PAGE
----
Ex-nurse gets 27 years for insulin murders
Hours after aged-care nurse Megan Haines discovered two elderly residents had complained about her, she injected the women with fatal doses of insulin.
"It was a gross breach of trust and a flagrant abuse of her power," said Justice Peter Garling before jailing Haines for at least 27 years for the murders.
"(Her) decision to administer insulin - a medication which is ordinarily meant to promote good health - in a way which was toxic and deadly, and in the setting of a facility which provides care for older citizens, is conduct which is almost too awful to contemplate."
The 49-year-old was found guilty of murdering Marie Darragh, 82, and Isabella Spencer, 77, in May 2014 at Ballina's St Andrew Village in northern NSW.
Haines had injected her victims with insulin between midnight and 1am on May 10, believing the drug to be undetectable as a cause of death.
Outside court, Ms Spencer's brother Donald said he was "over the moon" about the length of the sentence.
"I knew I would lose my sister sooner or later, but not in those circumstances," he said.
Ms Darragh had complained about Haines refusing to give her a cream to soothe an itch, while Ms Spencer said she had refused to help her reach the toilet.
In setting a maximum of 36 years in the NSW Supreme Court on Friday, the judge said Haines had previously been suspended after complaints about her in Victoria.
She had only recently started work at Ballina and was subject to reporting conditions.
"(Her) motive to kill, namely that the victims had made complaints about her, was wholly insufficient and self-centred," the judge said.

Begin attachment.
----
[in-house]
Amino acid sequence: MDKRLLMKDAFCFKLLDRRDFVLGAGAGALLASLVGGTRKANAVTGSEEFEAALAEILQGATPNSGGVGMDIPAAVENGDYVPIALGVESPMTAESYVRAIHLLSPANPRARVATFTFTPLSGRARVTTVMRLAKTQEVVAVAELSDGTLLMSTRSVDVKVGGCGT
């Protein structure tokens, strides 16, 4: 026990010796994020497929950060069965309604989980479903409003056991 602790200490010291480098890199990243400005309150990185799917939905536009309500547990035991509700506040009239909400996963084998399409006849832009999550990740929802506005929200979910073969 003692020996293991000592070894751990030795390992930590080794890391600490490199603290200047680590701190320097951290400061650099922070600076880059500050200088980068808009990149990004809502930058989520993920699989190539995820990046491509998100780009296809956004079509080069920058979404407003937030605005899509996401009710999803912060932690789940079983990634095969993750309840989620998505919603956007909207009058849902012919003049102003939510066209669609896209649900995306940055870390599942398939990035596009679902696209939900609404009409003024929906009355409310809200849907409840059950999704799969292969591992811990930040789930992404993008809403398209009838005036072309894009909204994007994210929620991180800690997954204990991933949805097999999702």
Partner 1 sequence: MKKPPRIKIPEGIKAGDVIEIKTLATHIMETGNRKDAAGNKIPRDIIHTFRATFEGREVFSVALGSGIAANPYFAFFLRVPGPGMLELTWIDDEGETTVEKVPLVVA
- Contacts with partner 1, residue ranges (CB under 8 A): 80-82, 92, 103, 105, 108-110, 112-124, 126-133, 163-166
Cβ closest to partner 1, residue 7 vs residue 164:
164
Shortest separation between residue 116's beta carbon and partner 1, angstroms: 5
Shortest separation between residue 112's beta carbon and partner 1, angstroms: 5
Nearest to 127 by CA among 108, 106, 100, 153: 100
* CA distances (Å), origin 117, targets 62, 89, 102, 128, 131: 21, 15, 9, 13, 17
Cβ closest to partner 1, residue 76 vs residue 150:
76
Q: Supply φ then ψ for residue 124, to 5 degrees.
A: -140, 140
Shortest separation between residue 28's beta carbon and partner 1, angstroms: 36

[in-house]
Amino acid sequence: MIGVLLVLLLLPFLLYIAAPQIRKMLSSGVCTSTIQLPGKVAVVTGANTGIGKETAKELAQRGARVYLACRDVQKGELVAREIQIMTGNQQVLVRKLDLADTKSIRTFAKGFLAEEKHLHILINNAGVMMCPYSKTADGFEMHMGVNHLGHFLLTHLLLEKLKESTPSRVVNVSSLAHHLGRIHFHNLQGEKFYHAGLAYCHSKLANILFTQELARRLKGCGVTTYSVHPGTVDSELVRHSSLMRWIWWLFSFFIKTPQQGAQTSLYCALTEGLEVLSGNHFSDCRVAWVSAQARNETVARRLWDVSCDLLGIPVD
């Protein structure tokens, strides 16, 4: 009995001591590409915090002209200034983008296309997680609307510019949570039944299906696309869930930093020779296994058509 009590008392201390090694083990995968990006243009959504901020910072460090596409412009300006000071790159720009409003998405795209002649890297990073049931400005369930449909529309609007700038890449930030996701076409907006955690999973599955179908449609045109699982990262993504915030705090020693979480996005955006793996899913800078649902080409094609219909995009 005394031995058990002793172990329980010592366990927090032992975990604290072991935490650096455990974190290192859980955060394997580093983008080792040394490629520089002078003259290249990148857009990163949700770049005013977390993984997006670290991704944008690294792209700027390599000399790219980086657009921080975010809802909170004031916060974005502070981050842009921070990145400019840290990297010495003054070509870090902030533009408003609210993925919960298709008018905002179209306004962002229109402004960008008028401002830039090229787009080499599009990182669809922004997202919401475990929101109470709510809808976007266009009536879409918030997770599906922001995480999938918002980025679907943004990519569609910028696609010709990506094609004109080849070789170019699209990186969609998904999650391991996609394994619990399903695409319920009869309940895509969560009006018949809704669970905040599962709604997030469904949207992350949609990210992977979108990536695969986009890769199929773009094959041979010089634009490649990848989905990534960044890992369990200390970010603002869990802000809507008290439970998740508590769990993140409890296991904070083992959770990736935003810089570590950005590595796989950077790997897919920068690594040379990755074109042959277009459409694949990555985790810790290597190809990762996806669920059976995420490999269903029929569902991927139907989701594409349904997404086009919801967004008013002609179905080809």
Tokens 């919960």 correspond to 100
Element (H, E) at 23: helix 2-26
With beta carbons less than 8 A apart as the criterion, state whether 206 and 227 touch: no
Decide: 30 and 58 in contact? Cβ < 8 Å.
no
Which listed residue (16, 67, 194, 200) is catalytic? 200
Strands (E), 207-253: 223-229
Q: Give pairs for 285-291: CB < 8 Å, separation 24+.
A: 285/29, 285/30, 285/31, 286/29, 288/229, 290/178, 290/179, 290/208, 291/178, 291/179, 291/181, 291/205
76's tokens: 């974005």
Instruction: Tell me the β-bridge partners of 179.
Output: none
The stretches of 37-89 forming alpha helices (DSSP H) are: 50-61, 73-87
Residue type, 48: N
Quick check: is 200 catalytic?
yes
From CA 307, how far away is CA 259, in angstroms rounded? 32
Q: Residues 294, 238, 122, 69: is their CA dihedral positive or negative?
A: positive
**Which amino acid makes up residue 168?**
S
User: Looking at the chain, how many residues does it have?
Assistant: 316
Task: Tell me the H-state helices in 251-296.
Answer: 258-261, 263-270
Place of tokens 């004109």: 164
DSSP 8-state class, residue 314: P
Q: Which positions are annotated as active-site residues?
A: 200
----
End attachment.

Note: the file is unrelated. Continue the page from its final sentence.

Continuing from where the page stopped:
"She thought that the deaths would appear to be from natural causes, as indeed they initially did."
The crimes were "particularly" serious cases of murder, he added.
"Each of the victims was vulnerable because of their advanced years, limited mobility, and limited capacity to detect what was happening, and to take measures to defend themselves."
Such conduct couldn't be tolerated and needed to be firmly denounced and deterred, Justice Garling said.
"It demonstrates a complete lack of respect for human life, a failure to recognise the dignity and integrity of older citizens, and a complete abrogation of the tenets of the caring profession of nursing which underpins so much good in society."
Haines' sentence is the third case of murder by insulin in a NSW court this month.
Sydney doctor Brian Crickitt was convicted of killing his wife while aged care worker Garry Davis was this week sentenced to a maximum of 40 years for murdering two patients and trying to kill another at a Newcastle home.